Saturday, 10 November 2012

The Strange Closure of the West Park Centre, the Final Curtain

Everything is so expensive thse days. Community centres, education, life, well . . .  They closed the West Park Centre rather suddenly last week. I wrote thus to councillors and media:

For hire or sale: The West Park Centre?

Spacious former school on outskirts of Leeds, next to the Ringroad, easy access for people travelling from the city or from other towns. 

Massive carpark, full disabled access, recently installed wheelchair access, disabled toilets and hoists available.

The building has a state of the art sound and light room for children and adults with various disabilities to fully experience music. And until recently housed a Javanese gamelan, several sets of steel pans, marimbas, resonance boards, several high quality pianos [including a grand piano] and was the store for all the sets of instruments that Leeds schools used for its wider opportunities music classes.

At one end of the building there a fully equipped music studio which made all the CDs for the Leeds Town Hall Christmas concerts [and the rest], in another space there’s a fabulous hall with proper stage and balcony around one side at the top. Here all the main orchestras in Leeds have rehearsed and given concerts since the former school closed 25 years ago. Over in yet another space are two former gyms which for years housed Northern Ballet when they would otherwise have been homeless.

The old generously proportioned classrooms have been home to the Leeds National Union of Teachers, the Travellers Education Organisations, IrishArts, several video and drama societies [including Blah, Blah, Blah] and two music charities for people with disabilities [YAMSEN:SpeciallyMusic and Musical Ark]. And of course, Leeds ArtForms Music Service and Leeds Schools Sports Service.

The building is spread out enough to allow many music activities to occur concurrently, and in fact, until only last week here practised the Leeds Youth Opera, the City of Leeds Youth Orchestra, the Leeds Silver Steel Sparrows, Leeds Schools Choir and a host of other central ensembles. [left is a picture of music centre band East Steel playing a concert in the main hall.]. 
Over the past years, the West Park Centre has become home to the forgotten ones: adults with learning disabilities, and their 70 strong group has formed a choir which sings around Yorkshire including at Saltaire Festival and Leeds Town Hall.

There’s a lovely central foyer with a kiosk where all centre users can gather round and where, in fact, until last week Carole and her employees were serving sandwiches and jacket potatoes. And in this space it’s been common to see people in wheelchairs coming to music sessions rubbing shoulders with Leeds teachers on training courses.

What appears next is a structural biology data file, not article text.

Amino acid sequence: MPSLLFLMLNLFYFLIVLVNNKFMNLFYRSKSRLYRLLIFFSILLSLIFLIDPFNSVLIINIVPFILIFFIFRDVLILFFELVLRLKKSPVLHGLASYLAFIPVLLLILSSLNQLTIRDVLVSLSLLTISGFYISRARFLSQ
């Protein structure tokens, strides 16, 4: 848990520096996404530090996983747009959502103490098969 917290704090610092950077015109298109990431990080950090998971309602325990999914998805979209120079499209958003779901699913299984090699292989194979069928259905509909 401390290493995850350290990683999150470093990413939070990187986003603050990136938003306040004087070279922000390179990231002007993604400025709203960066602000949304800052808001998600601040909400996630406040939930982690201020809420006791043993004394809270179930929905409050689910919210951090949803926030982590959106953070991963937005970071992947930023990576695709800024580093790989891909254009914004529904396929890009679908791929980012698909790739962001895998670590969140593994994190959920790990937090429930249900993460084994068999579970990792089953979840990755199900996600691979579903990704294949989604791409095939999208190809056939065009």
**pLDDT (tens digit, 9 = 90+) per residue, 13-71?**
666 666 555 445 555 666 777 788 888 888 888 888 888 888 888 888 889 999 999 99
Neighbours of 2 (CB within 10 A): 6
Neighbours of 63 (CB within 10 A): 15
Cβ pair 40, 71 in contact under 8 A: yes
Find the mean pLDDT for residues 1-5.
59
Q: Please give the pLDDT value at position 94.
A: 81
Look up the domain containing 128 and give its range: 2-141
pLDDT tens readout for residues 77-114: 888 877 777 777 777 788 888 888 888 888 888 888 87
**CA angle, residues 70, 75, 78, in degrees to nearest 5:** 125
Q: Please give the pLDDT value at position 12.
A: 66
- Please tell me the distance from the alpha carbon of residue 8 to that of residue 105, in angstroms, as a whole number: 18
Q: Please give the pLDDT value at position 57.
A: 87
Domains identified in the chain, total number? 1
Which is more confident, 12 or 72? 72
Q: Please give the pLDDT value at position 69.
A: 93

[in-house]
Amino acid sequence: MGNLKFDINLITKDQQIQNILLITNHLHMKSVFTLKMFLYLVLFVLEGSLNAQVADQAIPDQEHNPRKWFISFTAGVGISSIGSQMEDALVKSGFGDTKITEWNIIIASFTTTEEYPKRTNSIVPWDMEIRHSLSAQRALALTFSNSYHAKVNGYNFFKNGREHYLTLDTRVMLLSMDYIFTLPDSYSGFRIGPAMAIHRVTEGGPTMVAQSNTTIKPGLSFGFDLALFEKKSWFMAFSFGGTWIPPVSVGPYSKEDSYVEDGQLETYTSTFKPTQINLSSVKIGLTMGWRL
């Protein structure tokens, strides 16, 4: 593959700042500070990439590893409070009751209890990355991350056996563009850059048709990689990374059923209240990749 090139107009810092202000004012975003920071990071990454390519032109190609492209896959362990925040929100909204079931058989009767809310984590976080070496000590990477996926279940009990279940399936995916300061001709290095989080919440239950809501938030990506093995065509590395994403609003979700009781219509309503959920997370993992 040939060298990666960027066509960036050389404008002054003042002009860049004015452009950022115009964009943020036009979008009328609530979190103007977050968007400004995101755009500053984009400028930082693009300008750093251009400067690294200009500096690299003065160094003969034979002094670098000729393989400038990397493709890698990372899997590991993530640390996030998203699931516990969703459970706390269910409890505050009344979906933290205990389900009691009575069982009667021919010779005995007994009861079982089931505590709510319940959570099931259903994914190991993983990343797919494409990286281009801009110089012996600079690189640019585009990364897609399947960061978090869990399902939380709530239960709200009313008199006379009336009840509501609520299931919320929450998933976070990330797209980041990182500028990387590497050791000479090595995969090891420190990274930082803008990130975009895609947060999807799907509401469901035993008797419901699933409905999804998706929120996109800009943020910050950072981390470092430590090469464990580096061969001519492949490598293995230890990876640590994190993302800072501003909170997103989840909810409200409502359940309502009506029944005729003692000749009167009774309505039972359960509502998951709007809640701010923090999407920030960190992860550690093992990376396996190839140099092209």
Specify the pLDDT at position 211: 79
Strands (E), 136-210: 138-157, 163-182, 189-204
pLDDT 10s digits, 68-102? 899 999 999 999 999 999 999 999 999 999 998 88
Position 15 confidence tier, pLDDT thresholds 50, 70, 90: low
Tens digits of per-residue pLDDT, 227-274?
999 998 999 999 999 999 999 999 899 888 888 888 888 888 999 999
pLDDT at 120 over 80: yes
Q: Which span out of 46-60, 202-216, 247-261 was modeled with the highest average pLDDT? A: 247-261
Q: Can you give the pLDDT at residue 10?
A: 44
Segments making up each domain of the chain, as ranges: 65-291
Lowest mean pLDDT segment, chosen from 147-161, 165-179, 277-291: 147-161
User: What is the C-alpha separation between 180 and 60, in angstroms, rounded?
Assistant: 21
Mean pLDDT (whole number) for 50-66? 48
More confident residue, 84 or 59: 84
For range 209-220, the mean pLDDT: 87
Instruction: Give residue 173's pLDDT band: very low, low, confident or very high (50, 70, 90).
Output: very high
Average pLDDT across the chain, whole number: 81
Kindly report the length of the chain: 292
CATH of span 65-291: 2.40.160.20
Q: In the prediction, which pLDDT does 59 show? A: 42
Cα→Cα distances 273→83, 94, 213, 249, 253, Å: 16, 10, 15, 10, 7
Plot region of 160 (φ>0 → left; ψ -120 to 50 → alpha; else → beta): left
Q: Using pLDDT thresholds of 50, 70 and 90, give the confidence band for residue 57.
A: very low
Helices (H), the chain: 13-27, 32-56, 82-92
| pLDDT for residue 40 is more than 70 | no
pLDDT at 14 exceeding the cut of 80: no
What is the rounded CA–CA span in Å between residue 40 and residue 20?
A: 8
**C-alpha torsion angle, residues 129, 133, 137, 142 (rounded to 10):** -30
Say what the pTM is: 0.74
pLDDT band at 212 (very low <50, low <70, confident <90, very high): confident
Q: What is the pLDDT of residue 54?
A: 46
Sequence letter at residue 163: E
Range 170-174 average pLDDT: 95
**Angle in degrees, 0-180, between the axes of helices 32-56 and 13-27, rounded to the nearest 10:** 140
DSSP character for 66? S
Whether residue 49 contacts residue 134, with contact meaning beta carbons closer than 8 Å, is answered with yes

The two large carparks are big enough for minibuses to transport 100 people, and still have room for others’ cars and van. There’s a safe compound where the Music Service, the Travellers and Opera North have housed their vans for the last decade.

In the last few years the lower half of the building had all its electrics modernised. The top end needs the same, with costs maybe at £200,000, but this money would easily be recouped as the centre would fetch millions on the open market. The building manager has spent the last few years keeping the building as safe and as smart as public money would allow, with specially designed cupboards [see steelpans and gamelan in boxes on sheleves above] to squirrel away the thousands of musical instruments that have been housed here. It has been a popular letting for the church, Scottish dancers, education trainers, the ballroom dancers, Weightwatchers, Girls Club, etc etc etc etc etc. many many more. The last show it put on was only last weekend when Russians from all over the world and the UK came together to celebrate their culture. And thank goodness someone had the courage to reinste this event before Leeds looked incompetent and stupid to the whole [Slavonic] world.

It would good to see the centre back in use soon as possible as, until last week all the services were functioning normally [central heating, water, half the electricity, cctv etc]. Also the old-fashioned iconic building is redolent with the history of all its users, and that’s something you can’t put a price on. [Though you can put a price on the new lettings we all have to find for our groups].

Or of course, you knock it all down, sell the land, put up new houses and dance on the graves of all the people who used to meet and learn here.

Victoria Jaquiss FRSA [ex-centre-user]

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